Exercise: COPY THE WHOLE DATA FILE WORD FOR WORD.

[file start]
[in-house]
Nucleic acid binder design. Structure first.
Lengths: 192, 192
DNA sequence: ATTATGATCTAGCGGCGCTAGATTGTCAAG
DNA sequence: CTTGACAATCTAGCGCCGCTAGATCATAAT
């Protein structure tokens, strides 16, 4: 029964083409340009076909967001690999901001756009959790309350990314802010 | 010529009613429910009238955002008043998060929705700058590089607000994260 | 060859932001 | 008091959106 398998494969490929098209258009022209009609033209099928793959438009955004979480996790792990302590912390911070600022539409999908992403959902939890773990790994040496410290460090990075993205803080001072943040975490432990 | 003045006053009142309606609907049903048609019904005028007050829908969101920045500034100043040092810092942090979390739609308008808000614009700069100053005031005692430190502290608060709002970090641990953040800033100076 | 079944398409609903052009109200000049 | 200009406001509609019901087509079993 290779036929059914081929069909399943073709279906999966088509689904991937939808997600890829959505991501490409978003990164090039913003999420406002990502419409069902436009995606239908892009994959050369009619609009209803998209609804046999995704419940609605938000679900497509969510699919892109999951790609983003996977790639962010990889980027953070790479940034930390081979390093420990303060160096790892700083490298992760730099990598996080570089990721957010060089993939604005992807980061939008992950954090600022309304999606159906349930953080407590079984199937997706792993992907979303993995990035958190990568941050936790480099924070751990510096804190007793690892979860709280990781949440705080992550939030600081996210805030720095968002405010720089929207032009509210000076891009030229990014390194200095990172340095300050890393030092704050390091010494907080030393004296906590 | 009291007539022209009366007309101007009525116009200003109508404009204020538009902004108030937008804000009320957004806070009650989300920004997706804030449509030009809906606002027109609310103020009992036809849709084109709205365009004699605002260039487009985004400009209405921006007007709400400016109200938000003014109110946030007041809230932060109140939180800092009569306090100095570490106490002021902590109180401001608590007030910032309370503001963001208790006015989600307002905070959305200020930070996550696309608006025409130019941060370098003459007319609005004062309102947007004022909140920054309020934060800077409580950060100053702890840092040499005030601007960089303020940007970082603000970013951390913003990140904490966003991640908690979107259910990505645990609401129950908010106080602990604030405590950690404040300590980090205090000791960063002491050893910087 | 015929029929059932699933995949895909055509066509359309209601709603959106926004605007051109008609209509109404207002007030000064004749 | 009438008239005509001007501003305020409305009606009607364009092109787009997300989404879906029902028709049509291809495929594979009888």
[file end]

[in-house]
Nucleic acid binder design. Structure first.
Lengths: 192, 192
DNA sequence: ATTATGATCTAGCGGCGCTAGATTGTCAAG
DNA sequence: CTTGACAATCTAGCGCCGCTAGATCATAAT
């Protein structure tokens, strides 16, 4: 029964083409340009076909967001690999901001756009959790309350990314802010 | 010529009613429910009238955002008043998060929705700058590089607000994260 | 060859932001 | 008091959106 398998494969490929098209258009022209009609033209099928793959438009955004979480996790792990302590912390911070600022539409999908992403959902939890773990790994040496410290460090990075993205803080001072943040975490432990 | 003045006053009142309606609907049903048609019904005028007050829908969101920045500034100043040092810092942090979390739609308008808000614009700069100053005031005692430190502290608060709002970090641990953040800033100076 | 079944398409609903052009109200000049 | 200009406001509609019901087509079993 290779036929059914081929069909399943073709279906999966088509689904991937939808997600890829959505991501490409978003990164090039913003999420406002990502419409069902436009995606239908892009994959050369009619609009209803998209609804046999995704419940609605938000679900497509969510699919892109999951790609983003996977790639962010990889980027953070790479940034930390081979390093420990303060160096790892700083490298992760730099990598996080570089990721957010060089993939604005992807980061939008992950954090600022309304999606159906349930953080407590079984199937997706792993992907979303993995990035958190990568941050936790480099924070751990510096804190007793690892979860709280990781949440705080992550939030600081996210805030720095968002405010720089929207032009509210000076891009030229990014390194200095990172340095300050890393030092704050390091010494907080030393004296906590 | 009291007539022209009366007309101007009525116009200003109508404009204020538009902004108030937008804000009320957004806070009650989300920004997706804030449509030009809906606002027109609310103020009992036809849709084109709205365009004699605002260039487009985004400009209405921006007007709400400016109200938000003014109110946030007041809230932060109140939180800092009569306090100095570490106490002021902590109180401001608590007030910032309370503001963001208790006015989600307002905070959305200020930070996550696309608006025409130019941060370098003459007319609005004062309102947007004022909140920054309020934060800077409580950060100053702890840092040499005030601007960089303020940007970082603000970013951390913003990140904490966003991640908690979107259910990505645990609401129950908010106080602990604030405590950690404040300590980090205090000791960063002491050893910087 | 015929029929059932699933995949895909055509066509359309209601709603959106926004605007051109008609209509109404207002007030000064004749 | 009438008239005509001007501003305020409305009606009607364009092109787009997300989404879906029902028709049509291809495929594979009888």